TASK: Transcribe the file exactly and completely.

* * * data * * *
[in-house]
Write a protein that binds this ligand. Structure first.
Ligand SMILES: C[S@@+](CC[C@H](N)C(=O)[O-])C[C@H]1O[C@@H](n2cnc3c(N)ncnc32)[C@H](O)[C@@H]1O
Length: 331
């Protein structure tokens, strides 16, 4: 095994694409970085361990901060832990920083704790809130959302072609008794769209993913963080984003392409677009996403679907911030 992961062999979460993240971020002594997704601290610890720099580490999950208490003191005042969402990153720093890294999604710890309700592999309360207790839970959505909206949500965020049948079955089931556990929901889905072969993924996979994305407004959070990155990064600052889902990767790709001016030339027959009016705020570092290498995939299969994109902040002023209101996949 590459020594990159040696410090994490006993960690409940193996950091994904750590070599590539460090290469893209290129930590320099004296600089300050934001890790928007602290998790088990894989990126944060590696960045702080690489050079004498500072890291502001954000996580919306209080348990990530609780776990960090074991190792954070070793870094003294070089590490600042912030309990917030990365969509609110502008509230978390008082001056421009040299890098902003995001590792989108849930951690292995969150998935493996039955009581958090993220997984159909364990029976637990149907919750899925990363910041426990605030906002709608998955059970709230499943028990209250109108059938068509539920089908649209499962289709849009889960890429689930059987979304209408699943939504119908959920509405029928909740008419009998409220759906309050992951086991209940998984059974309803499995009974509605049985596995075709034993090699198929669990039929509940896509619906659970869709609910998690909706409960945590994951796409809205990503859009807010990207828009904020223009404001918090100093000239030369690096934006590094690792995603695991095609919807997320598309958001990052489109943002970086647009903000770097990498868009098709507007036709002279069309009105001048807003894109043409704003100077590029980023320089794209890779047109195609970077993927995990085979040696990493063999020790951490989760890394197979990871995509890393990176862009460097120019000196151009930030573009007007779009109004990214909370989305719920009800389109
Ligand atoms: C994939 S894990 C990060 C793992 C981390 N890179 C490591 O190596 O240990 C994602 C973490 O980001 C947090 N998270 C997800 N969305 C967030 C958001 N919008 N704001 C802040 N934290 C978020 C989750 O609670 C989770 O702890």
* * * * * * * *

[in-house]
Write a protein that binds this ligand. Structure first.
Ligand SMILES: C[S@@+](CC[C@H](N)C(=O)[O-])C[C@H]1O[C@@H](n2cnc3c(N)ncnc32)[C@H](O)[C@@H]1O
Length: 331
């Protein structure tokens, strides 16, 4: 095994694409970085361990901060832990920083704790809130959302072609008794769209993913963080984003392409677009996403679907911030 992961062999979460993240971020002594997704601290610890720099580490999950208490003191005042969402990153720093890294999604710890309700592999309360207790839970959505909206949500965020049948079955089931556990929901889905072969993924996979994305407004959070990155990064600052889902990767790709001016030339027959009016705020570092290498995939299969994109902040002023209101996949 590459020594990159040696410090994490006993960690409940193996950091994904750590070599590539460090290469893209290129930590320099004296600089300050934001890790928007602290998790088990894989990126944060590696960045702080690489050079004498500072890291502001954000996580919306209080348990990530609780776990960090074991190792954070070793870094003294070089590490600042912030309990917030990365969509609110502008509230978390008082001056421009040299890098902003995001590792989108849930951690292995969150998935493996039955009581958090993220997984159909364990029976637990149907919750899925990363910041426990605030906002709608998955059970709230499943028990209250109108059938068509539920089908649209499962289709849009889960890429689930059987979304209408699943939504119908959920509405029928909740008419009998409220759906309050992951086991209940998984059974309803499995009974509605049985596995075709034993090699198929669990039929509940896509619906659970869709609910998690909706409960945590994951796409809205990503859009807010990207828009904020223009404001918090100093000239030369690096934006590094690792995603695991095609919807997320598309958001990052489109943002970086647009903000770097990498868009098709507007036709002279069309009105001048807003894109043409704003100077590029980023320089794209890779047109195609970077993927995990085979040696990493063999020790951490989760890394197979990871995509890393990176862009460097120019000196151009930030573009007007779009109004990214909370989305719920009800389109
Ligand atoms: C994939 S894990 C990060 C793992 C981390 N890179 C490591 O190596 O240990 C994602 C973490 O980001 C947090 N998270 C997800 N969305 C967030 C958001 N919008 N704001 C802040 N934290 C978020 C989750 O609670 C989770 O702890």